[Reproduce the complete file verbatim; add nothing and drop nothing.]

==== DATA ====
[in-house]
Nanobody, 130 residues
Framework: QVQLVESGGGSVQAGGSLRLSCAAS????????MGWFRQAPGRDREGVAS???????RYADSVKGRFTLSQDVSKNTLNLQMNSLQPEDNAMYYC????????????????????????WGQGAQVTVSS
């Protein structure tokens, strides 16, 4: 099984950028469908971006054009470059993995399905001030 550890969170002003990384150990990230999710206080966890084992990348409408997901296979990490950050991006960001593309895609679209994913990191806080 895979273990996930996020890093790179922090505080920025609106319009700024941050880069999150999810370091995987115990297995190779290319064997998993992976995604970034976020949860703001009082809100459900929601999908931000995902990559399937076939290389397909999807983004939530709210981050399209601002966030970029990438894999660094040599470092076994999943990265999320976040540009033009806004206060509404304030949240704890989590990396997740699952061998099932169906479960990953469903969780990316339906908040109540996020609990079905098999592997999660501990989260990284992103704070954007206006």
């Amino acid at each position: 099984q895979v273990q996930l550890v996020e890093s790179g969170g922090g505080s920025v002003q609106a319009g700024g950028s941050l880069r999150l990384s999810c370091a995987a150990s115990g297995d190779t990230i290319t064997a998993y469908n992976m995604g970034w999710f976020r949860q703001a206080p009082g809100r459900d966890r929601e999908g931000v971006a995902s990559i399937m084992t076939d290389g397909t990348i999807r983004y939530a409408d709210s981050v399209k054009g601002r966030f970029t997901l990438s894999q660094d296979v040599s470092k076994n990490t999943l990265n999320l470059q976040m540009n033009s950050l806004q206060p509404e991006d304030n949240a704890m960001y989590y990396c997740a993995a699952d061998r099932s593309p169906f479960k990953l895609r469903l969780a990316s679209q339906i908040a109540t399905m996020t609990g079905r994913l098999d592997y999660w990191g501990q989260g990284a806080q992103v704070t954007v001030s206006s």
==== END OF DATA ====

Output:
[in-house]
Nanobody, 130 residues
Framework: QVQLVESGGGSVQAGGSLRLSCAAS????????MGWFRQAPGRDREGVAS???????RYADSVKGRFTLSQDVSKNTLNLQMNSLQPEDNAMYYC????????????????????????WGQGAQVTVSS
């Protein structure tokens, strides 16, 4: 099984950028469908971006054009470059993995399905001030 550890969170002003990384150990990230999710206080966890084992990348409408997901296979990490950050991006960001593309895609679209994913990191806080 895979273990996930996020890093790179922090505080920025609106319009700024941050880069999150999810370091995987115990297995190779290319064997998993992976995604970034976020949860703001009082809100459900929601999908931000995902990559399937076939290389397909999807983004939530709210981050399209601002966030970029990438894999660094040599470092076994999943990265999320976040540009033009806004206060509404304030949240704890989590990396997740699952061998099932169906479960990953469903969780990316339906908040109540996020609990079905098999592997999660501990989260990284992103704070954007206006």
């Amino acid at each position: 099984q895979v273990q996930l550890v996020e890093s790179g969170g922090g505080s920025v002003q609106a319009g700024g950028s941050l880069r999150l990384s999810c370091a995987a150990s115990g297995d190779t990230i290319t064997a998993y469908n992976m995604g970034w999710f976020r949860q703001a206080p009082g809100r459900d966890r929601e999908g931000v971006a995902s990559i399937m084992t076939d290389g397909t990348i999807r983004y939530a409408d709210s981050v399209k054009g601002r966030f970029t997901l990438s894999q660094d296979v040599s470092k076994n990490t999943l990265n999320l470059q976040m540009n033009s950050l806004q206060p509404e991006d304030n949240a704890m960001y989590y990396c997740a993995a699952d061998r099932s593309p169906f479960k990953l895609r469903l969780a990316s679209q339906i908040a109540t399905m996020t609990g079905r994913l098999d592997y999660w990191g501990q989260g990284a806080q992103v704070t954007v001030s206006s």